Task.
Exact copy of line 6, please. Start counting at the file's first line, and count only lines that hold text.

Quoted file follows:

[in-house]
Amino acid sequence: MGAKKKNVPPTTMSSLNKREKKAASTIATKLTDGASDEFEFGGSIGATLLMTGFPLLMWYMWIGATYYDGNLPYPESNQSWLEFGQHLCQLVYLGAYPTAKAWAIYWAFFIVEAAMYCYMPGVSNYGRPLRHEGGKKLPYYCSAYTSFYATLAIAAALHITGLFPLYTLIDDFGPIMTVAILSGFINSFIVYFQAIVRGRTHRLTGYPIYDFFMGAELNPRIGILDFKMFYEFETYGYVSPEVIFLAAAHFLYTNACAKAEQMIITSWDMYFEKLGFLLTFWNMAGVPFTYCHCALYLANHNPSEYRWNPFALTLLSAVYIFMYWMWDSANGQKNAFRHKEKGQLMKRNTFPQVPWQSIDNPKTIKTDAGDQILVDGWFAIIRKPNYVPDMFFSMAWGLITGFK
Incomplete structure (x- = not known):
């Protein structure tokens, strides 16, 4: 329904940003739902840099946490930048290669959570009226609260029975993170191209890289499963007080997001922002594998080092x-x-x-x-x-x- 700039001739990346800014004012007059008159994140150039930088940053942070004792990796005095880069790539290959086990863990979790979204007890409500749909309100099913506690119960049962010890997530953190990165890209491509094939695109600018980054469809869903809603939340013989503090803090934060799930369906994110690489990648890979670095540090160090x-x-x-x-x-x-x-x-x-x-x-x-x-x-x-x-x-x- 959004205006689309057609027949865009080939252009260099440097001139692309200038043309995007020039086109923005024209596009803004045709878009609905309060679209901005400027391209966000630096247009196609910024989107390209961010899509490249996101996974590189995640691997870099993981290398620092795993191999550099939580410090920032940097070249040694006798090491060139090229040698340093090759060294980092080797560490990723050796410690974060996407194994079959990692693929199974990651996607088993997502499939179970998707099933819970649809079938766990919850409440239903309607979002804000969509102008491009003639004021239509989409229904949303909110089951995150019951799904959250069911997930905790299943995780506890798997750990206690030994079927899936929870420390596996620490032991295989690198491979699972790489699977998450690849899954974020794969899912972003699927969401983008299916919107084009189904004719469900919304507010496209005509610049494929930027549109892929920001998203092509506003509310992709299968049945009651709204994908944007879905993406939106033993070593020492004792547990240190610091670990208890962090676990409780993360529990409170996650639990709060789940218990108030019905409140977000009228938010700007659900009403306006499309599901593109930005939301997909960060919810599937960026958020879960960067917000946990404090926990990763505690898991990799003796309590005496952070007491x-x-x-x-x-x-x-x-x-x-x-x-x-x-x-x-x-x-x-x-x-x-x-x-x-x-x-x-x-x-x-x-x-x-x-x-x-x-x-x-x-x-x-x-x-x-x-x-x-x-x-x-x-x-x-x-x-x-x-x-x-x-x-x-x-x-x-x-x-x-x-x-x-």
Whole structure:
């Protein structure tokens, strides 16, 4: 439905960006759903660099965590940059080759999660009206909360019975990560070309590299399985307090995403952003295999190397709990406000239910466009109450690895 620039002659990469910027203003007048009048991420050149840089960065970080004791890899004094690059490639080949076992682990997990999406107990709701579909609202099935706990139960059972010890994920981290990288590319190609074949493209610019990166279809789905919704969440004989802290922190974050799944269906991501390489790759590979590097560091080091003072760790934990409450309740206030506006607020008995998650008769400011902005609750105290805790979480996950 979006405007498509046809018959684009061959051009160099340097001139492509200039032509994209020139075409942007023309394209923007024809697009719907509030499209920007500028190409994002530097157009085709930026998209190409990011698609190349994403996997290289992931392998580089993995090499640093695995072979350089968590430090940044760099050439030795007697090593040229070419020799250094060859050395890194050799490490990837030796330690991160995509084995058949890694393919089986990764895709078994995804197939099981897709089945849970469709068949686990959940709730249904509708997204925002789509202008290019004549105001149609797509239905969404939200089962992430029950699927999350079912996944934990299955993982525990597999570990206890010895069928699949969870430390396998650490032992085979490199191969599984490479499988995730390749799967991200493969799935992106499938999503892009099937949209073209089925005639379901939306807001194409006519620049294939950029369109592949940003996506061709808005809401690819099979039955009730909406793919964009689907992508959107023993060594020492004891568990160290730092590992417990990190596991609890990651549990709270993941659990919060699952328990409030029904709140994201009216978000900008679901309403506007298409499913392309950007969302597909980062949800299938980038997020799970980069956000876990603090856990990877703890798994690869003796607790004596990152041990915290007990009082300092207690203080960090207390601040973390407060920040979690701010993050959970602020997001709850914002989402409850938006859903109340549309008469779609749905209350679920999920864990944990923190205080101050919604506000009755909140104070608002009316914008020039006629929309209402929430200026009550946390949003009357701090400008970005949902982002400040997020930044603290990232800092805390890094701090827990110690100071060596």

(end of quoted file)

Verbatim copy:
């Protein structure tokens, strides 16, 4: 439905960006759903660099965590940059080759999660009206909360019975990560070309590299399985307090995403952003295999190397709990406000239910466009109450690895 620039002659990469910027203003007048009048991420050149840089960065970080004791890899004094690059490639080949076992682990997990999406107990709701579909609202099935706990139960059972010890994920981290990288590319190609074949493209610019990166279809789905919704969440004989802290922190974050799944269906991501390489790759590979590097560091080091003072760790934990409450309740206030506006607020008995998650008769400011902005609750105290805790979480996950 979006405007498509046809018959684009061959051009160099340097001139492509200039032509994209020139075409942007023309394209923007024809697009719907509030499209920007500028190409994002530097157009085709930026998209190409990011698609190349994403996997290289992931392998580089993995090499640093695995072979350089968590430090940044760099050439030795007697090593040229070419020799250094060859050395890194050799490490990837030796330690991160995509084995058949890694393919089986990764895709078994995804197939099981897709089945849970469709068949686990959940709730249904509708997204925002789509202008290019004549105001149609797509239905969404939200089962992430029950699927999350079912996944934990299955993982525990597999570990206890010895069928699949969870430390396998650490032992085979490199191969599984490479499988995730390749799967991200493969799935992106499938999503892009099937949209073209089925005639379901939306807001194409006519620049294939950029369109592949940003996506061709808005809401690819099979039955009730909406793919964009689907992508959107023993060594020492004891568990160290730092590992417990990190596991609890990651549990709270993941659990919060699952328990409030029904709140994201009216978000900008679901309403506007298409499913392309950007969302597909980062949800299938980038997020799970980069956000876990603090856990990877703890798994690869003796607790004596990152041990915290007990009082300092207690203080960090207390601040973390407060920040979690701010993050959970602020997001709850914002989402409850938006859903109340549309008469779609749905209350679920999920864990944990923190205080101050919604506000009755909140104070608002009316914008020039006629929309209402929430200026009550946390949003009357701090400008970005949902982002400040997020930044603290990232800092805390890094701090827990110690100071060596």